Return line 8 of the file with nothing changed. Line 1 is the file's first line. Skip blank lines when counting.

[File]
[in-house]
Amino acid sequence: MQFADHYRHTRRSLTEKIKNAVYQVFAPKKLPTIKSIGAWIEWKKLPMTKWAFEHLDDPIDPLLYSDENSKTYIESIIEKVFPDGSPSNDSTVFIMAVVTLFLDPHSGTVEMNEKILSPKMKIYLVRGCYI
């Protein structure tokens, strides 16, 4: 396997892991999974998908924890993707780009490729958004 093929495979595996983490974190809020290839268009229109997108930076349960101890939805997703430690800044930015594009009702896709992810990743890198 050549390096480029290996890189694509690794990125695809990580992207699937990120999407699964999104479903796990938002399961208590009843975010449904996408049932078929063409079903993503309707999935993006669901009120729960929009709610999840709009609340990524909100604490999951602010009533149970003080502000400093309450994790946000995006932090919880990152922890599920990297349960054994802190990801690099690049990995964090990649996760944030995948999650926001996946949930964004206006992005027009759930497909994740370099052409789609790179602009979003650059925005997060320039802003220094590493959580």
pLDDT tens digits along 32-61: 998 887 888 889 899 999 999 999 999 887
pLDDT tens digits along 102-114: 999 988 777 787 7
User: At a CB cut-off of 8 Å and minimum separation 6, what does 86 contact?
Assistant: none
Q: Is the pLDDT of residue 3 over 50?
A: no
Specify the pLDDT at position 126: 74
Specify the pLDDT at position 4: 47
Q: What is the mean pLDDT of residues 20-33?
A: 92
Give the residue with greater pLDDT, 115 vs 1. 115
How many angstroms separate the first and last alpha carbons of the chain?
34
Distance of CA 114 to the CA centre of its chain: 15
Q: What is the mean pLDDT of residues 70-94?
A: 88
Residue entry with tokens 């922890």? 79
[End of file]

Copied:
Q: Is the pLDDT of residue 3 over 50?